mature African Pigmy hedgehogs look for all the world to be little armoured
tanks being led around by one of the busiest noses in the animal kingdom.
Hedgehogs tend to be quite nervous in their temperament, and will generally
duck their head down, accompanied by rapid snuffling or snorting. This
presents a very prickly forehead to any possible enemies. The more used to
you (and awake) a hedgehog is, the less they will duck down and snuffle, and
the more their quills will be flat.
The hedgehogs that we keep as pets, throughout North and South America [4.1],
and I believe many other parts of the world, have managed to muddy the
already very clouded waters of hedgehog taxonomy. What we call ``African
Pigmy'' hedgehogs, are actually a hybrid of a couple of species from northern
and central Africa. Specifically, they are a combination of the Algerian
(Atelerix algirus) and the White-bellied (A. albiventris). The Southern
African or Cape hedgehog (A. frontalis) is not really part of the mixture,
although they do seem to be sporatically kept as pets in their native
regions. The status or categorization of the Pruner's hedgehog (A. pruneri)
is up in the air, and this may actually be an alternate name for the Cape
hedgehog (A. frontalis).
Just to add to the mess, there is more than a little uncertainty which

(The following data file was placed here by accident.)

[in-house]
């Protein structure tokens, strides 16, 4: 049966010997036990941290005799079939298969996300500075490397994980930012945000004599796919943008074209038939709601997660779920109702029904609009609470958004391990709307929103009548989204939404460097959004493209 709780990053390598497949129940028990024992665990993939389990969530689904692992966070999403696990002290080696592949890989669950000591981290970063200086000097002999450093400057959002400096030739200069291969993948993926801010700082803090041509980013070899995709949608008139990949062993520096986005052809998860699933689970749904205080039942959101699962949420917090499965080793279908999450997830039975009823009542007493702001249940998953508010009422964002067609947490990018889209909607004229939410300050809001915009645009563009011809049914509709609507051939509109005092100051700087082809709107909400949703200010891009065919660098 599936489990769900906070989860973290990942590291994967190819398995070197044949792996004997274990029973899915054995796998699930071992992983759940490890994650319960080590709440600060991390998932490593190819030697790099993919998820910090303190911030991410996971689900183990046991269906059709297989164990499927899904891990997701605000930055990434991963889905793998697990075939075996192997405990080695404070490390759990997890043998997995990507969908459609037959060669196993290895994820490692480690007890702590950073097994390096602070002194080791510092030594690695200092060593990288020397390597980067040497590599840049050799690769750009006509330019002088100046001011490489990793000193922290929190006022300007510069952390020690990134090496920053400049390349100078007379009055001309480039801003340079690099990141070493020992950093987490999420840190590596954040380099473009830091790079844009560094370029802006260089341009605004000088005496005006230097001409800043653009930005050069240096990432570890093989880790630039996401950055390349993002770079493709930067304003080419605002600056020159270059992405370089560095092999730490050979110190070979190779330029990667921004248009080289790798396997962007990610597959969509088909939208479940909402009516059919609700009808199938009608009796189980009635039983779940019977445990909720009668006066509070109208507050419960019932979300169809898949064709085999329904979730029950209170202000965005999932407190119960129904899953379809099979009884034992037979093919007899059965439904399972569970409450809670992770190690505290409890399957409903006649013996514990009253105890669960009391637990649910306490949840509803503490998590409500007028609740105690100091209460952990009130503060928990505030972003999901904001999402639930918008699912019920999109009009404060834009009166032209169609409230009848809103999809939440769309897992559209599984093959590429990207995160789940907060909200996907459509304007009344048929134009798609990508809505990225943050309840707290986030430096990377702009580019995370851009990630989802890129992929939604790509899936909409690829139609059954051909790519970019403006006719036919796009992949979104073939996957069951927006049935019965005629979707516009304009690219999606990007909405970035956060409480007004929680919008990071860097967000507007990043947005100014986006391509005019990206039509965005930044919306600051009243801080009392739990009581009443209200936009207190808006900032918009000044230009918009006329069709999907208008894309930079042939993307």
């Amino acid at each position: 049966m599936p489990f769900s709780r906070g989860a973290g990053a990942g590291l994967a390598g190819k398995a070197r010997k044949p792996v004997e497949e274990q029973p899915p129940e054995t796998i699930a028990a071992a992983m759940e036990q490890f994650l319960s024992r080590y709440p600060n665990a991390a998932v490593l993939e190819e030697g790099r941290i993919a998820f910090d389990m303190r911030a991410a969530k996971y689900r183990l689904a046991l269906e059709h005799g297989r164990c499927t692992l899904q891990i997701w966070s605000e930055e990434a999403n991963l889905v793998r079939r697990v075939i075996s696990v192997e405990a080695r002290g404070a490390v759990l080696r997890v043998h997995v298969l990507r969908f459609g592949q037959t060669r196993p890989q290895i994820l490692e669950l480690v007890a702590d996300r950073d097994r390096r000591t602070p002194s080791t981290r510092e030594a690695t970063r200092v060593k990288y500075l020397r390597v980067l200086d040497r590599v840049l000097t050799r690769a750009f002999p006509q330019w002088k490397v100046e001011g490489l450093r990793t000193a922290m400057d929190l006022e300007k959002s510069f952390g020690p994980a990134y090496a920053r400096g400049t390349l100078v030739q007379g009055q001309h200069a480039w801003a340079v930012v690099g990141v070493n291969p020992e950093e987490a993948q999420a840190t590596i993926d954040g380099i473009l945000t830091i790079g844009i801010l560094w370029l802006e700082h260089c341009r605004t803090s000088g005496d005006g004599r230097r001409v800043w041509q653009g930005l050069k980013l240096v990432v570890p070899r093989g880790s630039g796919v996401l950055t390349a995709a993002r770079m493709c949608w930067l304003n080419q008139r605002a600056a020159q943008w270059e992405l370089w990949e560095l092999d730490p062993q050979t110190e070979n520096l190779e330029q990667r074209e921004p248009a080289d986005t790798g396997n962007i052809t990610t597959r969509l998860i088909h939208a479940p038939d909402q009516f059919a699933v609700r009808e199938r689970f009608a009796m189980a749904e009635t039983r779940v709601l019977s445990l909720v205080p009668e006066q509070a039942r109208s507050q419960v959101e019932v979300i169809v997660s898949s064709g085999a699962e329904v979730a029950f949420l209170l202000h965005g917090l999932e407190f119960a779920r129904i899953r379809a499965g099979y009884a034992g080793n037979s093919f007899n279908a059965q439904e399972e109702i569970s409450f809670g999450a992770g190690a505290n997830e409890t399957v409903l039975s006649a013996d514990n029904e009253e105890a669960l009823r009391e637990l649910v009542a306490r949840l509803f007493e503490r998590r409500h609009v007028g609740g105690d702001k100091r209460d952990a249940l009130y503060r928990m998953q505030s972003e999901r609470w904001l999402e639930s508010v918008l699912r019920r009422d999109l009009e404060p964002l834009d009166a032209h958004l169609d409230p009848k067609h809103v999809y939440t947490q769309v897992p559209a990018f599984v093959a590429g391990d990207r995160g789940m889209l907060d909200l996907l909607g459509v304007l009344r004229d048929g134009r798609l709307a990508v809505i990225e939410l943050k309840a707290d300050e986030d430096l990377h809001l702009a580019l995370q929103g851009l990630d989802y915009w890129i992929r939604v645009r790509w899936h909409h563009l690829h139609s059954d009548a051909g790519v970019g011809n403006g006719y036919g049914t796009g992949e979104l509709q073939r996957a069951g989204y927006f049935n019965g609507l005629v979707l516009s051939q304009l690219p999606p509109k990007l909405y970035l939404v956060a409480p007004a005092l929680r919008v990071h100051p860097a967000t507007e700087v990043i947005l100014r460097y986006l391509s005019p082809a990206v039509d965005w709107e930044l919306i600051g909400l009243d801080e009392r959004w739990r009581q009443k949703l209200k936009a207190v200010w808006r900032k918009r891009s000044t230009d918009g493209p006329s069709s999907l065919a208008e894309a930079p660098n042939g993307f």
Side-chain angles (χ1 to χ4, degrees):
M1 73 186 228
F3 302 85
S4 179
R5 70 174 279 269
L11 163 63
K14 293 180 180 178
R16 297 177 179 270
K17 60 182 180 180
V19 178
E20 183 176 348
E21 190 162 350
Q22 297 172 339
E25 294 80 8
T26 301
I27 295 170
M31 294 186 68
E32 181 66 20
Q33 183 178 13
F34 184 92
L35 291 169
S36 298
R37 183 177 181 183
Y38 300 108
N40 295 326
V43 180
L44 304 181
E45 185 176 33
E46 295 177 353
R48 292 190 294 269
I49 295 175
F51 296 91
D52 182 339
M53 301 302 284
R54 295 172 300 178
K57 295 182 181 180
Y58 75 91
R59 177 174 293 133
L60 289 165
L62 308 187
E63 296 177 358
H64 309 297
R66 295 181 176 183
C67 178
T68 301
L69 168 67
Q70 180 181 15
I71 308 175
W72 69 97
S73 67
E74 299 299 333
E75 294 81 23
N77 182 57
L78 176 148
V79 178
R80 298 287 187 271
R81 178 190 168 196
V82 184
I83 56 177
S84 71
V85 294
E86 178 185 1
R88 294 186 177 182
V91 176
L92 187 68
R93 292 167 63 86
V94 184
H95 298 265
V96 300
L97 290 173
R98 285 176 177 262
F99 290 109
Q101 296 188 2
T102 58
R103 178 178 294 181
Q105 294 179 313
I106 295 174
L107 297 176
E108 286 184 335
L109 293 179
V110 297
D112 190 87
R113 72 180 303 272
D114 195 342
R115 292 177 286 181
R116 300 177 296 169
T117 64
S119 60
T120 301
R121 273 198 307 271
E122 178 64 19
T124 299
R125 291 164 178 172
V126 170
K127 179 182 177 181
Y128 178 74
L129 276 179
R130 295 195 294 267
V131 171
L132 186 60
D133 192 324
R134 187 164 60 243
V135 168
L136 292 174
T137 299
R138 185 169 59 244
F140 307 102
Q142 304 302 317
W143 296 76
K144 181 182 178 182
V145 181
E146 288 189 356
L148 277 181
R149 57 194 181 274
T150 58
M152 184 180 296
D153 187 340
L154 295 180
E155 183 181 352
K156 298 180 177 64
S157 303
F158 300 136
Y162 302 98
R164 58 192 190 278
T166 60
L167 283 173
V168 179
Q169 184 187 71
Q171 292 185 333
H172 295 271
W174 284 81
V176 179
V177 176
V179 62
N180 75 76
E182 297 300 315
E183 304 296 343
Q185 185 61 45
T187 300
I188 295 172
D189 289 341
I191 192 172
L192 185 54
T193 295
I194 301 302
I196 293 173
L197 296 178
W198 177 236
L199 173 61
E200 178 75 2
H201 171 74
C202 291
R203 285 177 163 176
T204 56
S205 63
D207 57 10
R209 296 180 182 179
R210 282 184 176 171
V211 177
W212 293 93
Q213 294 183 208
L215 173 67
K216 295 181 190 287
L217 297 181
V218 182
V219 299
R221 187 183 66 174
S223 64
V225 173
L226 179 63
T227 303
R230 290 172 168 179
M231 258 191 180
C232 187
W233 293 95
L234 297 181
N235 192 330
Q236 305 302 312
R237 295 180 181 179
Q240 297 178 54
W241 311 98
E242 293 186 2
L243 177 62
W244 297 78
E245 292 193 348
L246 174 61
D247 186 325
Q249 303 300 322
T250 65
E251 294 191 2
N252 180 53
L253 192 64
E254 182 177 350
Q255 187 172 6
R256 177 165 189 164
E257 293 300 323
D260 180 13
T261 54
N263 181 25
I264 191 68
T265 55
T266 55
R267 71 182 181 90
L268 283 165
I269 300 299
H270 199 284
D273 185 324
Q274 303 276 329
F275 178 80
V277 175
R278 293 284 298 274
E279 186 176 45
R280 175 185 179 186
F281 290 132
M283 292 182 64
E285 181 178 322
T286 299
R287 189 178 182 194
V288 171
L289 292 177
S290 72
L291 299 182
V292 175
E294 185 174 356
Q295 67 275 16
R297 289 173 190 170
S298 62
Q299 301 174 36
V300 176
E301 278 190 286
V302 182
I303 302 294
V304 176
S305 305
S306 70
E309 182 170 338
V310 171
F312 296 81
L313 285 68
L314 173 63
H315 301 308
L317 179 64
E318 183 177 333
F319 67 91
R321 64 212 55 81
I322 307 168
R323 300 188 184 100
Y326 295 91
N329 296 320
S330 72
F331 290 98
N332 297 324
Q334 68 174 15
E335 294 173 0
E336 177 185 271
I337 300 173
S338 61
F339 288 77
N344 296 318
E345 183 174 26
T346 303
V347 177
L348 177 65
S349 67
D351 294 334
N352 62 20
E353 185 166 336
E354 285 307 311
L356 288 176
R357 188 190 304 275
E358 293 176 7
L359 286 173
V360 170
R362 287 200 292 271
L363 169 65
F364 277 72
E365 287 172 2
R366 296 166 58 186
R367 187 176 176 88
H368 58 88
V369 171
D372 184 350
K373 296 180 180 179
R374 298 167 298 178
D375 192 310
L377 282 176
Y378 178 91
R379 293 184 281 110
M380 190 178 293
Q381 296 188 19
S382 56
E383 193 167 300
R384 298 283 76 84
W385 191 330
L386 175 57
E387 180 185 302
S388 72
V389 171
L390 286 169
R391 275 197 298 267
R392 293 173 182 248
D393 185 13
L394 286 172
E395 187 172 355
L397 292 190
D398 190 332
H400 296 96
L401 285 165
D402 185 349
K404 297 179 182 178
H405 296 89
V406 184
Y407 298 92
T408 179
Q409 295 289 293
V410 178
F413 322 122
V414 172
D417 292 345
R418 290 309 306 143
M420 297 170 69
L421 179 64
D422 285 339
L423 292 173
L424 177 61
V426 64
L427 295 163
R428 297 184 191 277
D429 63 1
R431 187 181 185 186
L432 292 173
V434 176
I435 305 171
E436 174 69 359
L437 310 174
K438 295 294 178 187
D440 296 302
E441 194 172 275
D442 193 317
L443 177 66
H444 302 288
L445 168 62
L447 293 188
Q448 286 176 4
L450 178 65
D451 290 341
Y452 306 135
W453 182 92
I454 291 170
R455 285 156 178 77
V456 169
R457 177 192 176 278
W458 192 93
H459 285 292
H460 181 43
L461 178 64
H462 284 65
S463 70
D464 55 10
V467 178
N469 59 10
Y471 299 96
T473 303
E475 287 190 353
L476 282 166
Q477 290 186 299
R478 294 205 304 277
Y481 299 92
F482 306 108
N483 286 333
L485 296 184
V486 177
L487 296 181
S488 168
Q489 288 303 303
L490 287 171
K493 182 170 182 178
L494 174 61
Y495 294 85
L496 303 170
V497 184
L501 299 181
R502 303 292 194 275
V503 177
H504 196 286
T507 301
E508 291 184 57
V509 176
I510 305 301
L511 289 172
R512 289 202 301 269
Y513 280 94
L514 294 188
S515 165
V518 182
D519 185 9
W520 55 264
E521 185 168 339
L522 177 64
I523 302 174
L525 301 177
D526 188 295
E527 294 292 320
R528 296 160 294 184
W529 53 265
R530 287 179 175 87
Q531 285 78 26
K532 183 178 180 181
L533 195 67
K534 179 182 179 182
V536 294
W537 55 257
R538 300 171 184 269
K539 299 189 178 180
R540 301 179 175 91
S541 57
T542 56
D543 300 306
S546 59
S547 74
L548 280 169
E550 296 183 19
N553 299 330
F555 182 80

species actually makes up what we call the long-eared, or Egyptian hedgehog,
in the pet world. You see, there are Long-eared hedgehogs (Hemiechinus
auritus), and there are Egyptian hedgehogs (not an official name from what I
can tell, most likely these being Ethiopian hedgehogs) (Paraechinus
aethiopicus). Both of these, as you can tell by their taxonomic names, are
of quite different genera let alone species.
So, as you can see, things are a more than a bit muddled when it comes to
deciding which hedgehog is what. I must extend my regards to Nigel Reeve,
whose research helped provide some sense of consistency to all of this, at
To add to the fray, here are some comments from Nathan Tenny:
Hedgehog taxonomy is kind of a mess, and they have multiple Latin names;
the leader now seems to be Erinaceus albiventris, but one also sees
Atelerix albiventris and Atelerix pruneri. (I think that Pruner's
hedgehog is now considered to be a separate species, but it hasn't
always been.) [this remains pretty uncertain and iffy in most research
that I've found - ed.] There may be some overlap with Erinaceus
frontalis [Atelerix does seem to have become the accepted genus name
for A. frontalis - ed.] as well, and just to complicate matters, older
works refer to the genus Atelerix as Aethechinus.
Grzimek's Animal Encyclopedia says that they weigh about 200-220 grams
(about seven ounces); this is for wild animals. Captives seem to be
much larger; the smallest of our three hedgehogs is 250 g and growing,
and our large male weighs about 400-450 g when he isn't overweight.
(However, all our animals have come from exceptionally large bloodlines.)
Adults are about six to eight inches long, depending on how far they're
stretching when you measure.
Hedgehogs are basically nocturnal; they may wake up a couple of times
during the day to wander around their enclosures, get a snack or a drink
of water, and so on, but they really get active late at night (ours wake
up between 10 PM and midnight, but that may be because that's when we
turn the lights off).
Whether they have wonderful personalities depends on your taste. Your